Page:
The released energy is translated into the kinetic energy of the emitted a-particle and the heavy recoil nucleus.

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Neutron decay occurs either as consequence of a preceding -decay, (-delayed neutron decay) or as a result of a reaction of fission process.

In most cases concerned with medical applications neutrons are originated in fission, the splitting of a heavy nucleus in two approximately equally massed smaller nuclei.

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Natural Decay Law

The rate of the decay process is determined by the activity A (number of decay processes per second) of the radioactive sample.

The activity is proportional to the number of radioactive nuclei (radionuclide)

Differential equation for N(t) can be solved

is the decay constant!

or

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N(t0), A(t0) are the initial number of radionuclides and initial activity, respectively.

The half life t1/2 of a radionuclide is the time by which the number of radionuclides has reduced to 50%.

This shows a direct correlation between half life and decay constant for each radionuclide.

Quite often the expression “lifetime” can be found for radionuclides.

The lifetime r of a nucleus is defined by:

This means that after a period corresponding to the “lifetime” of a radioactive nucleus the initial abundance has decreased to 36.8% of its initial value, of a nucleus can be found!

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Dosimetry Units

Due to the interaction between radiation and material ionization occurs in the radiated material! (Energy transfer from the high energetic radiation photons or particles to atomic electrons.) The ionization can be used as measure for the amount of exposure which the material had to radiation.

Unit for exposure Eis theRoentgen [R]which is defined by theionization between EM-radiation and air. 1 Roentgen is the amount of EM-radiation which produces in 1 gram of air 2.58 10-7 C at normal temperature (22°C) and pressure (760 Torr) conditions.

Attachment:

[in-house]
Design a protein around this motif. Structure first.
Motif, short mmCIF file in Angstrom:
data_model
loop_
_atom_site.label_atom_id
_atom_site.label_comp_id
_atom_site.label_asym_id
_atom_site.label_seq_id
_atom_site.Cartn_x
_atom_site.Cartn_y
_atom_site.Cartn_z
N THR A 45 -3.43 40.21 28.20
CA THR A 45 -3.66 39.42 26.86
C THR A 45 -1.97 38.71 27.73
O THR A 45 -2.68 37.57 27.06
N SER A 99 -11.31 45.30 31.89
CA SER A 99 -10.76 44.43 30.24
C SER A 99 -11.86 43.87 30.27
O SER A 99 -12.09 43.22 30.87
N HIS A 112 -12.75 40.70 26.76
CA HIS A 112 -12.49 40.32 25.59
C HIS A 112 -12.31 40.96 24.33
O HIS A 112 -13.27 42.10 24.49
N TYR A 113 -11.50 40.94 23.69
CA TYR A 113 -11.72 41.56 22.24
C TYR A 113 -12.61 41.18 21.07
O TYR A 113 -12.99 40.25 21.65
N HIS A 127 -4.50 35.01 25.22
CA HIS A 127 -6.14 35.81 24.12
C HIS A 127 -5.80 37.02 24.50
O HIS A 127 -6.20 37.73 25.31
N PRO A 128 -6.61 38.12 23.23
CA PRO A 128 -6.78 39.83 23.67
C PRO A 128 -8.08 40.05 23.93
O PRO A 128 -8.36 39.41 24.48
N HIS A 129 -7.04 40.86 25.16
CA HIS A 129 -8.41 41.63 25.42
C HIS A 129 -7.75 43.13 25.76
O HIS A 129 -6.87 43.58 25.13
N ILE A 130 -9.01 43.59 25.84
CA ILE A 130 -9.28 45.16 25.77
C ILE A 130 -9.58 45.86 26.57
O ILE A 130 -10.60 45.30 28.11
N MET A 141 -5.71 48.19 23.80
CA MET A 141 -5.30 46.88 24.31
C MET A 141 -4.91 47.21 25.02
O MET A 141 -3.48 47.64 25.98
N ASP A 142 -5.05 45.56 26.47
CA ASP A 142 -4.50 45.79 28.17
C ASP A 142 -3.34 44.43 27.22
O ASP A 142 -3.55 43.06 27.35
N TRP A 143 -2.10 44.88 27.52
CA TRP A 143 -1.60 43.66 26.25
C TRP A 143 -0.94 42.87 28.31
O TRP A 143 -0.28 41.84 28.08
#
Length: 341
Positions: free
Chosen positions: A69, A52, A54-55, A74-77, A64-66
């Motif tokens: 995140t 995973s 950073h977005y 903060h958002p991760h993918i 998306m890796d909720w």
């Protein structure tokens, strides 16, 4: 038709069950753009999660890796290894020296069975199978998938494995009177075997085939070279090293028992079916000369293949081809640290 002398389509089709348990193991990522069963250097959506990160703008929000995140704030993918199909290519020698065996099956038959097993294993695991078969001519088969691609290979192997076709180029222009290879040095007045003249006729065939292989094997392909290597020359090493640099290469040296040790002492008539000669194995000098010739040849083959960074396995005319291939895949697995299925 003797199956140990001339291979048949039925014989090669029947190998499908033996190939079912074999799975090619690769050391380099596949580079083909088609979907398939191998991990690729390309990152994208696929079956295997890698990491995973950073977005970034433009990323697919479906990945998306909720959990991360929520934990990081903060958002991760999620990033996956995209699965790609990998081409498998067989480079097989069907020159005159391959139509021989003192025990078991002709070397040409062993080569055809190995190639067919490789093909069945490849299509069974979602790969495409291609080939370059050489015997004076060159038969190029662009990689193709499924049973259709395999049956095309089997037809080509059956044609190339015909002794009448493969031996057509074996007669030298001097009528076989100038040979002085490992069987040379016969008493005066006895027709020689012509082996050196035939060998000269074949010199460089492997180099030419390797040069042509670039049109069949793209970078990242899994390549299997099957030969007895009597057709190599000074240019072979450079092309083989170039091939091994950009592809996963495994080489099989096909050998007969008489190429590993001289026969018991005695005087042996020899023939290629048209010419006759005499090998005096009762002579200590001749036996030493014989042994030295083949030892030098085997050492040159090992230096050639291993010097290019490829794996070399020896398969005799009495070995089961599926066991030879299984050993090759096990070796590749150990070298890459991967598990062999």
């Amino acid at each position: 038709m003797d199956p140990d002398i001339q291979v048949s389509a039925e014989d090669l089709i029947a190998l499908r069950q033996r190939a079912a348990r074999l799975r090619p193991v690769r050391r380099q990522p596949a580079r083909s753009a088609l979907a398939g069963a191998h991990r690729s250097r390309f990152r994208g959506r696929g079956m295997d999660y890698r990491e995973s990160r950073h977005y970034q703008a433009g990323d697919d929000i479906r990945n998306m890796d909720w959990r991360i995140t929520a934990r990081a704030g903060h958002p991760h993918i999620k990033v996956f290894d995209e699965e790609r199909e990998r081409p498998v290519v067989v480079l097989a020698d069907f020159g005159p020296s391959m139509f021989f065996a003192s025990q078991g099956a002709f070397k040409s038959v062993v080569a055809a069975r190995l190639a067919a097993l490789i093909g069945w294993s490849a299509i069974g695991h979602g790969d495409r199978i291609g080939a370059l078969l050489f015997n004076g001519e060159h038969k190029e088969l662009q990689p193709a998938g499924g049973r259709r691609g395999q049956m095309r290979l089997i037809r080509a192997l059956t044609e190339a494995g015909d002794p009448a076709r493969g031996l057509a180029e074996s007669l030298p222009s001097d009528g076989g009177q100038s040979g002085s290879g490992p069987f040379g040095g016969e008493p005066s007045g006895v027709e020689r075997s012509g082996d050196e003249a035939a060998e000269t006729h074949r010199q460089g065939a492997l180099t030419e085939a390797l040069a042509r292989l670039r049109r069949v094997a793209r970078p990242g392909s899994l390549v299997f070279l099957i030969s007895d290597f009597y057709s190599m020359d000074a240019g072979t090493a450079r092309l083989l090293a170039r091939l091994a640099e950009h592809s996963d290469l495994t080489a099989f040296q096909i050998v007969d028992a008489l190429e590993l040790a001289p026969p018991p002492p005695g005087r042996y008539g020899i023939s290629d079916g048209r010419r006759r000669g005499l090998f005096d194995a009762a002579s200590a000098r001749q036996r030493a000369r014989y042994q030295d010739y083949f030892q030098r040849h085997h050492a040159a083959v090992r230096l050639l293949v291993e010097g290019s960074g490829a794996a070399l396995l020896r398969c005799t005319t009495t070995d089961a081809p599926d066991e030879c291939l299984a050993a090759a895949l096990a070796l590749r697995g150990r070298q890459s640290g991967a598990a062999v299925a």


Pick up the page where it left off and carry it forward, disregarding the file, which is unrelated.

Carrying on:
1 R = 2.58 10-4 C/kg

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The exposure rate ER(= ionization/time) can be related to the activity Aof a source (in units mCi) via:

F is the exposure constant in units [ (Rcm2) / (hmCi) ], and d is the distance between source and material in units [cm]. The exposure constant is characteristical for the radiation source:

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Theabsorbed doseDof radiation in any kind of material depends on the typical ionization energy of the particular material. The absorbed dose is defined in terms of the absorbed radiation energy per mass W1P .

It therefore clearly depends on the energy loss behavior of the various kinds of radiation.

The unit for the absorbed dose is:

1 Gray = 1Gy = 1 J/kg = 104 erg/kg = 100 rad

The average ionization energy for air is W1P 34 eV/ion. With 1 eV = 1.6022 10-19J and the charge per ion is 1.610-19, this yields for the absorbed dose in air D for 1 R exposure of EM radiation:

D = 1R • 34 J/C = 2.58 10-4 C/kg34 J/C = 8.8 10-3 J/kg =

8.8 10-3 Gy = 0.88 rad

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There is an empirical relation between the amount of ionization in air and the absorbed dose for a given photon energy and absorber (body tissue).

The absorbed dose in rads per roentgen of exposure is known as the roentgen-to-rad conversion factor C

C is approximately equal to one for soft body tissue in the energy range of diagnostic radiology.

The increase for bone material is due to higher photoelectric absorption cross section for low energy photons.

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DOSE EQUIVALENT

Exposure, exposure rate and absorbed dose are independent of the nature of radiation. Biological damage depends mainly on the energy loss of the radiation to the body material. These energy losses differ considerably for the various kinds of radiation. To assess the biological effects of the different kind of radiations better, as new empirical unit the dose equivalent His introduced:

with the quality factor Q which depends strongly on the ionization power of the various kinds of radiation per path length. In first approximation QZ of radiation particles, Q(, X, ) 1.

As higher Q as higher the damage the radiation does!

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EFFECTIVE DOSE

The various body organs have different response to radiation. To determine the specific sensitivity to radiation exposure a tissue specific organ weighting factor wThas been established to assign a particular organ or tissue Ta certain exposure risk.

The given weighting factors in the table imply for example that an equivalent dose of 1 mSv to the lung entails the same probability of damaging effects as an equivalent dose to the liver of (0.12/0.05) 1 mSv = 2.4 mSv

The sum of the products of the equivalent dose to the organ HT and the weighting factor wTfor each organ irradiated is called the effective dose H:

Like HT, H is expressed in units Sv or rem!.